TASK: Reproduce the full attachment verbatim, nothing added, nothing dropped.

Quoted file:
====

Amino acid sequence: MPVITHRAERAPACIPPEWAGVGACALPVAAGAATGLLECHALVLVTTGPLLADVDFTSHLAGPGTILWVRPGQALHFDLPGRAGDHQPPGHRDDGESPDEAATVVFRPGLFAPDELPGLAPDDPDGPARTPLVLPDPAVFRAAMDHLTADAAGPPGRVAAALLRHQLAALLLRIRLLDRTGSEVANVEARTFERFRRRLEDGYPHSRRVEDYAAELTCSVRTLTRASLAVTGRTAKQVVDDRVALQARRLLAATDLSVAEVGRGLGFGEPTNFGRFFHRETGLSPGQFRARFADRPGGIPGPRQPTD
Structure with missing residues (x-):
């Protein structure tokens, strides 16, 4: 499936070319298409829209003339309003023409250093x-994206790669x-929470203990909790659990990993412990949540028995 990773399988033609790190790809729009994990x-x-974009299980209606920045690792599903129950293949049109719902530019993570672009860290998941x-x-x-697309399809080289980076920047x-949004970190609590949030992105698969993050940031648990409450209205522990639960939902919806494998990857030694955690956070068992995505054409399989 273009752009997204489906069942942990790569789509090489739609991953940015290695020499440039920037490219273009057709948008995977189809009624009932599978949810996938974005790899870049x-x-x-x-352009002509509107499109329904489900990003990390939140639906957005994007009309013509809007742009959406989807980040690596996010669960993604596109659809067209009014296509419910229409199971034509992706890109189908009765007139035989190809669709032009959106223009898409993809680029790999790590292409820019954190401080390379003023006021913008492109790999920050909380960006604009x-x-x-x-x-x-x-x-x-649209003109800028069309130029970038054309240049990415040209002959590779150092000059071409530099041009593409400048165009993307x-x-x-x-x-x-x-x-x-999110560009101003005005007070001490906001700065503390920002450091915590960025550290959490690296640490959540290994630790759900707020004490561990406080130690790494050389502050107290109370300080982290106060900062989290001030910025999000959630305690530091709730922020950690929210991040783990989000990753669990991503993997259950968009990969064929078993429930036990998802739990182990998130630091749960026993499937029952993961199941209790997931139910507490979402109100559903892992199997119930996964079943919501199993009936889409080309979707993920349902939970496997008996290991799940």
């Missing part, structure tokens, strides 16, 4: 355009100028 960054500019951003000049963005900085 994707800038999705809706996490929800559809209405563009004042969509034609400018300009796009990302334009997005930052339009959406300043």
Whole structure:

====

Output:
Amino acid sequence: MPVITHRAERAPACIPPEWAGVGACALPVAAGAATGLLECHALVLVTTGPLLADVDFTSHLAGPGTILWVRPGQALHFDLPGRAGDHQPPGHRDDGESPDEAATVVFRPGLFAPDELPGLAPDDPDGPARTPLVLPDPAVFRAAMDHLTADAAGPPGRVAAALLRHQLAALLLRIRLLDRTGSEVANVEARTFERFRRRLEDGYPHSRRVEDYAAELTCSVRTLTRASLAVTGRTAKQVVDDRVALQARRLLAATDLSVAEVGRGLGFGEPTNFGRFFHRETGLSPGQFRARFADRPGGIPGPRQPTD
Structure with missing residues (x-):
């Protein structure tokens, strides 16, 4: 499936070319298409829209003339309003023409250093x-994206790669x-929470203990909790659990990993412990949540028995 990773399988033609790190790809729009994990x-x-974009299980209606920045690792599903129950293949049109719902530019993570672009860290998941x-x-x-697309399809080289980076920047x-949004970190609590949030992105698969993050940031648990409450209205522990639960939902919806494998990857030694955690956070068992995505054409399989 273009752009997204489906069942942990790569789509090489739609991953940015290695020499440039920037490219273009057709948008995977189809009624009932599978949810996938974005790899870049x-x-x-x-352009002509509107499109329904489900990003990390939140639906957005994007009309013509809007742009959406989807980040690596996010669960993604596109659809067209009014296509419910229409199971034509992706890109189908009765007139035989190809669709032009959106223009898409993809680029790999790590292409820019954190401080390379003023006021913008492109790999920050909380960006604009x-x-x-x-x-x-x-x-x-649209003109800028069309130029970038054309240049990415040209002959590779150092000059071409530099041009593409400048165009993307x-x-x-x-x-x-x-x-x-999110560009101003005005007070001490906001700065503390920002450091915590960025550290959490690296640490959540290994630790759900707020004490561990406080130690790494050389502050107290109370300080982290106060900062989290001030910025999000959630305690530091709730922020950690929210991040783990989000990753669990991503993997259950968009990969064929078993429930036990998802739990182990998130630091749960026993499937029952993961199941209790997931139910507490979402109100559903892992199997119930996964079943919501199993009936889409080309979707993920349902939970496997008996290991799940």
């Missing part, structure tokens, strides 16, 4: 355009100028 960054500019951003000049963005900085 994707800038999705809706996490929800559809209405563009004042969509034609400018300009796009990302334009997005930052339009959406300043």
Whole structure: